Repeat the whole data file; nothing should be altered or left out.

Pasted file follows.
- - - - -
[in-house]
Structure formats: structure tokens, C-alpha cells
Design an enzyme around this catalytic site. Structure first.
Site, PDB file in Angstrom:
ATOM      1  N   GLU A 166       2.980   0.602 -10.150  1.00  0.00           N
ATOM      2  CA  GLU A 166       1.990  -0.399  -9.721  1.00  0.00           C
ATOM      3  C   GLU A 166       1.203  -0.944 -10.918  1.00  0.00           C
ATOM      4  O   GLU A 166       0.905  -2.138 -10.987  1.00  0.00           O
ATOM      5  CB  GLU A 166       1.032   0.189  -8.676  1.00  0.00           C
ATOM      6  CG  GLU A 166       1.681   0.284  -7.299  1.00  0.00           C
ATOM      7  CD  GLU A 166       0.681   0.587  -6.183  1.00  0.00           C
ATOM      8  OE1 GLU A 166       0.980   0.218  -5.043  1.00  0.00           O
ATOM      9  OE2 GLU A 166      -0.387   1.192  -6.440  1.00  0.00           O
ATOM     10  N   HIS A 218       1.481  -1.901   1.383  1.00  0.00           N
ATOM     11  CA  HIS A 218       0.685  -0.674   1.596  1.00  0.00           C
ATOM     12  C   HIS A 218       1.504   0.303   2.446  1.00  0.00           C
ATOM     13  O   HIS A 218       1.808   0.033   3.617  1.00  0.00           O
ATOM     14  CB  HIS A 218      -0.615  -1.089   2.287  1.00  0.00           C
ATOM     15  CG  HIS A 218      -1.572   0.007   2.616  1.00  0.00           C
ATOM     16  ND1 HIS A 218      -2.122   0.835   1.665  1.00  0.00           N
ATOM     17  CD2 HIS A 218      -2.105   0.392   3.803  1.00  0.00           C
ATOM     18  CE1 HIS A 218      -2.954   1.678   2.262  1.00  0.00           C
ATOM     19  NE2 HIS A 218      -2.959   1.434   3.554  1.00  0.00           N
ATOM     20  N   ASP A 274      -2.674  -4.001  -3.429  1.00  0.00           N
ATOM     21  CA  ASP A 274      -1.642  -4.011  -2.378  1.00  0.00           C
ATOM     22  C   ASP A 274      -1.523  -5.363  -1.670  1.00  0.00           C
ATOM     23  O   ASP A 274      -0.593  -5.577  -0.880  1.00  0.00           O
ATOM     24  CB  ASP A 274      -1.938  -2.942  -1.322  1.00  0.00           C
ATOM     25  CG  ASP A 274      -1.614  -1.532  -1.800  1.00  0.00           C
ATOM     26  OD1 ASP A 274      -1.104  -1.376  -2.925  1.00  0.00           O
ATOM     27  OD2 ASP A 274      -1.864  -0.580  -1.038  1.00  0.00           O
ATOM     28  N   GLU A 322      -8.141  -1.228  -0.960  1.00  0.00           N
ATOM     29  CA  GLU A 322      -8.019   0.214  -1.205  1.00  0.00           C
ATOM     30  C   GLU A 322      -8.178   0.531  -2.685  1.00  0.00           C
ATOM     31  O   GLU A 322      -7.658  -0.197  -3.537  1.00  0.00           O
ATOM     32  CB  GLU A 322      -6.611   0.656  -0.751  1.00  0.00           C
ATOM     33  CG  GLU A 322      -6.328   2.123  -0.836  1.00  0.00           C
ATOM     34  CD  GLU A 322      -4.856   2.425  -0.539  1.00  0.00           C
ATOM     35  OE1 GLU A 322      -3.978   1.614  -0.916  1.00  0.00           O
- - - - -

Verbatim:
[in-house]
Structure formats: structure tokens, C-alpha cells
Design an enzyme around this catalytic site. Structure first.
Site, PDB file in Angstrom:
ATOM      1  N   GLU A 166       2.980   0.602 -10.150  1.00  0.00           N
ATOM      2  CA  GLU A 166       1.990  -0.399  -9.721  1.00  0.00           C
ATOM      3  C   GLU A 166       1.203  -0.944 -10.918  1.00  0.00           C
ATOM      4  O   GLU A 166       0.905  -2.138 -10.987  1.00  0.00           O
ATOM      5  CB  GLU A 166       1.032   0.189  -8.676  1.00  0.00           C
ATOM      6  CG  GLU A 166       1.681   0.284  -7.299  1.00  0.00           C
ATOM      7  CD  GLU A 166       0.681   0.587  -6.183  1.00  0.00           C
ATOM      8  OE1 GLU A 166       0.980   0.218  -5.043  1.00  0.00           O
ATOM      9  OE2 GLU A 166      -0.387   1.192  -6.440  1.00  0.00           O
ATOM     10  N   HIS A 218       1.481  -1.901   1.383  1.00  0.00           N
ATOM     11  CA  HIS A 218       0.685  -0.674   1.596  1.00  0.00           C
ATOM     12  C   HIS A 218       1.504   0.303   2.446  1.00  0.00           C
ATOM     13  O   HIS A 218       1.808   0.033   3.617  1.00  0.00           O
ATOM     14  CB  HIS A 218      -0.615  -1.089   2.287  1.00  0.00           C
ATOM     15  CG  HIS A 218      -1.572   0.007   2.616  1.00  0.00           C
ATOM     16  ND1 HIS A 218      -2.122   0.835   1.665  1.00  0.00           N
ATOM     17  CD2 HIS A 218      -2.105   0.392   3.803  1.00  0.00           C
ATOM     18  CE1 HIS A 218      -2.954   1.678   2.262  1.00  0.00           C
ATOM     19  NE2 HIS A 218      -2.959   1.434   3.554  1.00  0.00           N
ATOM     20  N   ASP A 274      -2.674  -4.001  -3.429  1.00  0.00           N
ATOM     21  CA  ASP A 274      -1.642  -4.011  -2.378  1.00  0.00           C
ATOM     22  C   ASP A 274      -1.523  -5.363  -1.670  1.00  0.00           C
ATOM     23  O   ASP A 274      -0.593  -5.577  -0.880  1.00  0.00           O
ATOM     24  CB  ASP A 274      -1.938  -2.942  -1.322  1.00  0.00           C
ATOM     25  CG  ASP A 274      -1.614  -1.532  -1.800  1.00  0.00           C
ATOM     26  OD1 ASP A 274      -1.104  -1.376  -2.925  1.00  0.00           O
ATOM     27  OD2 ASP A 274      -1.864  -0.580  -1.038  1.00  0.00           O
ATOM     28  N   GLU A 322      -8.141  -1.228  -0.960  1.00  0.00           N
ATOM     29  CA  GLU A 322      -8.019   0.214  -1.205  1.00  0.00           C
ATOM     30  C   GLU A 322      -8.178   0.531  -2.685  1.00  0.00           C
ATOM     31  O   GLU A 322      -7.658  -0.197  -3.537  1.00  0.00           O
ATOM     32  CB  GLU A 322      -6.611   0.656  -0.751  1.00  0.00           C
ATOM     33  CG  GLU A 322      -6.328   2.123  -0.836  1.00  0.00           C
ATOM     34  CD  GLU A 322      -4.856   2.425  -0.539  1.00  0.00           C
ATOM     35  OE1 GLU A 322      -3.978   1.614  -0.916  1.00  0.00           O